January 7, 2015
Jobs Leon Wieseltier could take if The Atlantic doesn’t work out
by Mark Krotov
Last time we wrote about Leon Wieseltier, The New Republic—where Leon Wieseltier had worked for thirty-one years—had vertically integrated itself into something confusing that no longer had room for its literary editor, Leon Wieseltier. This was bad news.
Three months earlier, in another post about Leon Wieseltier, we described a much more cheerful event. It was September, the weather was nice, “garbage” hadn’t yet become the English-speaking world’s most annoying adjective, and Leon Wieseltier was throwing out the first pitch at a Washington Nationals game, in honor of the 100th anniversary of the founding of the magazine that would, 100 years later, find itself committed to “break[ing] shit.” But that was still months away. Leon Wieseltier threw out the pitch, posed for a photo, and walked back to the stands with vigor. This was good news.
Like life itself, the fortunes of Leon Wieseltier are ever changing and inconstant. Sometimes they are bad. And sometimes they are good. On Monday morning, the fortunes smiled at Leon Wieseltier and said, “Leon Wieseltier, we are good today.” Later that day, James Bennet, editor of The Atlantic, announced that the magazine had hired Leon Wieseltier as a contributing editor and critic. “There is no writer better,” Bennet wrote, “equipped— by dint of erudition, wit, and forcefulness —to fill the role of critic for The Atlantic.” This was good news.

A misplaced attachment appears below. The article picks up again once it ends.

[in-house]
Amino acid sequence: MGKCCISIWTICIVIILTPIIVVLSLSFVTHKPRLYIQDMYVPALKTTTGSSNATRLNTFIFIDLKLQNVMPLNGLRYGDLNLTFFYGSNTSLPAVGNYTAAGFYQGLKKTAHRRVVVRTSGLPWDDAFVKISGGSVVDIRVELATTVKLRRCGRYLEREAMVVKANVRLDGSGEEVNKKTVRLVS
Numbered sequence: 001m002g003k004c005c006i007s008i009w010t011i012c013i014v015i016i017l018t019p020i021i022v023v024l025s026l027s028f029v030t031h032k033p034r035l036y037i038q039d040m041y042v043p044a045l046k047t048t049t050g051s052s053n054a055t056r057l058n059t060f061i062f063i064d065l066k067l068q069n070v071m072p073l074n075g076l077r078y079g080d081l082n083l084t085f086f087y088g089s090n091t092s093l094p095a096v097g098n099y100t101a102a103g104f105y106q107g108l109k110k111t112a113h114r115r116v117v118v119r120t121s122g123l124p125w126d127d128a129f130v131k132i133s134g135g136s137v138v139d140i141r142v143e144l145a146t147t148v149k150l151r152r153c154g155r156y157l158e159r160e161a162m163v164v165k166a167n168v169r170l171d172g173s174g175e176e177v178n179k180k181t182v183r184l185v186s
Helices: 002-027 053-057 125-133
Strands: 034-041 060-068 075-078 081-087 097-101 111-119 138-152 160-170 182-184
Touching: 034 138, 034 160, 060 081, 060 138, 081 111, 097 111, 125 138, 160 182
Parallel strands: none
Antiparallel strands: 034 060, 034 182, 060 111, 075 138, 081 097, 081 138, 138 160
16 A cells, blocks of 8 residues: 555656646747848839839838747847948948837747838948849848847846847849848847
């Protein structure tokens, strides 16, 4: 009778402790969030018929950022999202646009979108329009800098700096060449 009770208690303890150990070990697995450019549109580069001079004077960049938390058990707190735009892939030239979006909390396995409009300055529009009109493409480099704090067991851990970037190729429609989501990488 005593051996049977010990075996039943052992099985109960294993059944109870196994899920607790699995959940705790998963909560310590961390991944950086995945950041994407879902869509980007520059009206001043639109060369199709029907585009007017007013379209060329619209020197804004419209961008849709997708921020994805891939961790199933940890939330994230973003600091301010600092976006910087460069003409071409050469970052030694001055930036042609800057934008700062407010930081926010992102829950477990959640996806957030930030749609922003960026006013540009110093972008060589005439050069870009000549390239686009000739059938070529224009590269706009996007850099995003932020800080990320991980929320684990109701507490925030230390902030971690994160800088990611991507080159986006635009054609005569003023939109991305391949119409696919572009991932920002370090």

But Leon Wieseltier knows about the fickleness of the fortunes! He knows about it, and we know about it, and so we’ve decided, in the spirit of brotherhood, to provide Leon Wieseltier with an annotated list of other publications at which he may find employment and remuneration if the romance with the Atlantic sours. We pray that it doesn’t, but the fortunes are ruthless, and though nothing will ever be as right a fit as the New Republic, each of these esteemed journals has much to offer. Leon Wieseltier, this list is for you.
For the part of Leon Wieseltier that admires Very Seriousness and a sense of political purpose.
For the part of Leon Wieseltier that admires Moderate Seriousness and possesses a flair for the theatrical.
For the part of Leon Wieseltier that respects a good brawl, even if that brawl isn’t quite visible to the public at large.
For the part of Leon Wieseltier that will never forget its appearance on The Sopranos.
For the part of Leon Wieseltier that still atones for the other part’s harsh treatment of Bruce Springsteen, and in particular the singer’s “sanctimony, the grandiosity, the utterly formulaic monumentality; the witlessness; the tiresome recycling of those anthemic figures, each time more preposterously distended; the disappearance of intimacy and the rejection of softness.”
For the part of Leon Wieseltier that enjoys providing readers with a “guide to everything cat.”
For the part of Leon Wieseltier that continues to obsess over the problems with using smoked mozzarella as a simile, and other cheese-related issues.
For the part of Leon Wieseltier that is ready to embrace the glorious future. (A very small part.)
The New Republic
For the part of Leon Wieseltier that treasures irony, paradox, the odd twist of fate, and, of course, disruption.
Mark Krotov was a senior editor at Melville House.